Maker's Mark

United States Founded in 1953
Maker’s Mark is one of the perennial favorite Bourbons today. It is one of the original small batch Bourbons. Very few distilleries will tell you what they mean by “small batch,” but Maker’s Mark will. For them, small batch means 20 barrels or less at a time.

It is produced in the Maker’s Mark Distillery in Loretto, Kentucky, and the operation and brand are owned by Beam-Suntory. There are several trim levels of Maker’s Mark, but the core product is aged approximately six years using their unique barrel rotation program, to ensure that the casks age evenly.

They are also unique in that their mash bill contains no rye. Sometimes producers do this to save costs of the more expensive rye, or because rye is famously hard to work with.

But like a few other premium shops, Maker’s Mark does it intentionally because their formulation requires more smoothness and less spice. So in their case it is a true, intentional characteristic that is deliver at a 45% ABV.
Maker's Mark Flavor Spiraltm
  • caramel
  • cinnamon
  • cake
  • spicy
  • nutty
  • sweet
  • grain
  • fruit
  • honey
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Maker's Mark
Listed as “Burk’s Distillery,” it is the first distillery in the United States to be designated a National Historic Landmark.
Maker's Mark
The brand was built upon a reputation for quality from day one. During the 1960s and 1970s they used the marketing tag line, “It tastes expensive … and is.” And they are one of the handful of premium American Bourbon makers that uses the Scottish spelling of “Whisky” (without the "e") on their products.
Maker's Mark
Citing the difficulties stretching supply to meet burgeoning demand, they announced in 2013 that they would add more water to cut the strength from 45% ABV to 42% and that they were sure no one would notice. The change was ill received by the public and they reversed the decision less than a year later.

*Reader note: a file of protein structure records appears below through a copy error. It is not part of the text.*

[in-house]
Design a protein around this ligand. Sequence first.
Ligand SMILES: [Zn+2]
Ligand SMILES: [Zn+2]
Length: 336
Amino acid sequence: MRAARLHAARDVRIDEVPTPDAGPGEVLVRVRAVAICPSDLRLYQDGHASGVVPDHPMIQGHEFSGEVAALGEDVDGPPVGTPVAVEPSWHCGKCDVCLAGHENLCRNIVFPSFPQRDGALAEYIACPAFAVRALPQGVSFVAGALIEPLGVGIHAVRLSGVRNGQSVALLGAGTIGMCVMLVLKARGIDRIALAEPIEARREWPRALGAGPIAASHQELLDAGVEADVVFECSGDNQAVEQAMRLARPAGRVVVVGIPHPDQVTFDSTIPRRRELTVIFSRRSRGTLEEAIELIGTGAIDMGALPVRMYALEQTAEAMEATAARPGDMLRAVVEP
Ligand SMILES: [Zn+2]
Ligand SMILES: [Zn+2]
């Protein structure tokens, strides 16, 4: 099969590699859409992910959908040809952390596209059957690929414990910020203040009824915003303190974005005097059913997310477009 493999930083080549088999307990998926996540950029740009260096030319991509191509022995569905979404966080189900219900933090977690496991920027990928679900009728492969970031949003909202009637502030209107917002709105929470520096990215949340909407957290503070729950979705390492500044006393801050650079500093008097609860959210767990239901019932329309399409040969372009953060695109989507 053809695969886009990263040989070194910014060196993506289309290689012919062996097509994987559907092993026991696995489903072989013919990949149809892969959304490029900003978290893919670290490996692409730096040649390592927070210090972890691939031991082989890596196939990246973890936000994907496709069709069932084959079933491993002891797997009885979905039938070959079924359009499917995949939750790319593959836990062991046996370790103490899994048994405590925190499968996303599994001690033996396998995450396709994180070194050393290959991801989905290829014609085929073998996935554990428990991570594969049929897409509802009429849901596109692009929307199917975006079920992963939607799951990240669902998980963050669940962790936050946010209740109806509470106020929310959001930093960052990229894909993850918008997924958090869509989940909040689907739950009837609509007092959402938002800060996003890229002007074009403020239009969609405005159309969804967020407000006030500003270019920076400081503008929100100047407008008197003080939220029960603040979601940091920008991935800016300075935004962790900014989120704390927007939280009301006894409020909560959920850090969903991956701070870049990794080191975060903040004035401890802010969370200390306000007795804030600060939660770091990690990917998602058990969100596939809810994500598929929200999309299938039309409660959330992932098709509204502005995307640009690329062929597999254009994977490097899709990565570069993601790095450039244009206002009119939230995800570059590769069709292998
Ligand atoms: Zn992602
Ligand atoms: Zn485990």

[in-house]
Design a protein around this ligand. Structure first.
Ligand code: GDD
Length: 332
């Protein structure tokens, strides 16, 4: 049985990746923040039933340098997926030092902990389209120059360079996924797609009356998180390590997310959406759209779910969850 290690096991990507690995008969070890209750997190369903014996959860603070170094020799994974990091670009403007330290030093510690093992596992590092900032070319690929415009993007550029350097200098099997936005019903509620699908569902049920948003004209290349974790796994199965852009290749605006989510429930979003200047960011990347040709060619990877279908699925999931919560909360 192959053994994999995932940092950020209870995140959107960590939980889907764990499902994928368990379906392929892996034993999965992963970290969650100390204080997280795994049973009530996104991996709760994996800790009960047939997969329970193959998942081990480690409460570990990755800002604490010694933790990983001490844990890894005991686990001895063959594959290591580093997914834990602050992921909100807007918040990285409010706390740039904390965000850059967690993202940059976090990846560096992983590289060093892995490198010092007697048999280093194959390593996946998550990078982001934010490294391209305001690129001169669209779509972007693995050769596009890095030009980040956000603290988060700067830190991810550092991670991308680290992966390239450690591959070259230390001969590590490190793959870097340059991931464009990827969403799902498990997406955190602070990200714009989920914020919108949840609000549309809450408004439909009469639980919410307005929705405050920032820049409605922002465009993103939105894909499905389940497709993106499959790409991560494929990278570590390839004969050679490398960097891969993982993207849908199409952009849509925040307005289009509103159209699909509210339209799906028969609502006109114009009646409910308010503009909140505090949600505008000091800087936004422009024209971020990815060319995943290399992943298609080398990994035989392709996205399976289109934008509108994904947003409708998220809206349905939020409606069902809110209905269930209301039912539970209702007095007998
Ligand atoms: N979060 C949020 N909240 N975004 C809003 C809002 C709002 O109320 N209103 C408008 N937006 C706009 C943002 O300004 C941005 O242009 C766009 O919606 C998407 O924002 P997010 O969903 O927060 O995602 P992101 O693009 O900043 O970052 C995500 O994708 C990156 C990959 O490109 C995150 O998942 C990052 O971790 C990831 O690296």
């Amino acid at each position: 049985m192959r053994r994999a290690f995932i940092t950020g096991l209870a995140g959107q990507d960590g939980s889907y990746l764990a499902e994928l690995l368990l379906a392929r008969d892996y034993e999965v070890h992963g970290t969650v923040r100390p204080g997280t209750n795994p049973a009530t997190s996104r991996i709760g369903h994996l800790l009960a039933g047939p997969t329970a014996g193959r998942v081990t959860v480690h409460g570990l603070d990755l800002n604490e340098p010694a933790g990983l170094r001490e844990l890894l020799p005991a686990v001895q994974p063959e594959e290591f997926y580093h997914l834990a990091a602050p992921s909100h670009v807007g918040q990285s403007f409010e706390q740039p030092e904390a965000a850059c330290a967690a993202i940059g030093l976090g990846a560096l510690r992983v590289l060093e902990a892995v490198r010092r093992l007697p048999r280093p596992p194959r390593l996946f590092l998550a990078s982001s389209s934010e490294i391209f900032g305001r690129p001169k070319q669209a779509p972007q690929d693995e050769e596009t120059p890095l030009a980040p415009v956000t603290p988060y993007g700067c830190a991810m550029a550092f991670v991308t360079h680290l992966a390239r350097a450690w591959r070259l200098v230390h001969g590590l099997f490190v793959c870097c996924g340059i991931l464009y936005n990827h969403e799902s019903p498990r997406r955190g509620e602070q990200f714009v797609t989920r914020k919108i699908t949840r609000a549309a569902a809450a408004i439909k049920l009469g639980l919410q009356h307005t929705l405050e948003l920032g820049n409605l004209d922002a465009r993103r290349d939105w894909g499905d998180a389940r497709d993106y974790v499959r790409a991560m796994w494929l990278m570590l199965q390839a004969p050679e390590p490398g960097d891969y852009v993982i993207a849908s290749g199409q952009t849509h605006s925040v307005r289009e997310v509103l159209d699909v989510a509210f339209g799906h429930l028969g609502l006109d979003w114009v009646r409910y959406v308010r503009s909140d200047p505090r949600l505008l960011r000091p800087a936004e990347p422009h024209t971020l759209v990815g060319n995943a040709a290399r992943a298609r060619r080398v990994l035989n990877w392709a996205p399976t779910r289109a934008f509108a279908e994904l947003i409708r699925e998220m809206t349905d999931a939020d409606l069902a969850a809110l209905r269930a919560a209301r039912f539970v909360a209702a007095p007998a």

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The original “Burk’s Distillery” was constructed in 1885 just outside of Loretto, Kentucky. T. William “Bill” Samuels bought the operation in 1953 for $35,000. Samuels wanted to make quality, so he used the sales of the existing stockpiles of what he considered inferior Whiskey, to finance a revamp.

The first bottle of the new flagship brand “Makers Mark” was bottled in 1958, and dipped into the red sealing was that has become the company’s trademark. The Makers Mark line was one of the first to carve out a space in what we now call the “premium Bourbon” market.

It was a risk at the time since Bourbon was still largely viewed as a product for those who could afford Scotch or Cognac. But the gamble paid off and their products have been very well-received by the market.

Members of the Samuels family still work at the company, even though the facility and brand have been bought, sold, merged, and acquired many times. It is now owned by Beam-Suntory. Everything remains at the original location on the appropriately-named Burk’s Spring Road
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Maker's Mark video
A transcript for non-audio situations [00:00:00]



Man: Hello and welcome to, where fine spirits meet. And today, I'm at the Maker's Mark Distillery in Loretto, Kentucky. And here, we have the great Bourbon that is known for their square bottles with the red wax seal on top. Let's see how this Bourbon is made.

So I'm here at the delivery for all the grain. The mash bill for Maker's Mark is not a secret. It's 70% corn, 16% soft winter wheat and 14% malted barley. And Maker's Mark use...doesn't use any enzymes. It just uses the enzymes that are in the malted barley to break off the starch molecules into the sugar that is laid to be fermented and turned into the great Bourbon. The cool thing about Maker's Mark is that they use their soft winter wheat from this region here. So all of the soft winter wheat comes within 60 miles off the distillery.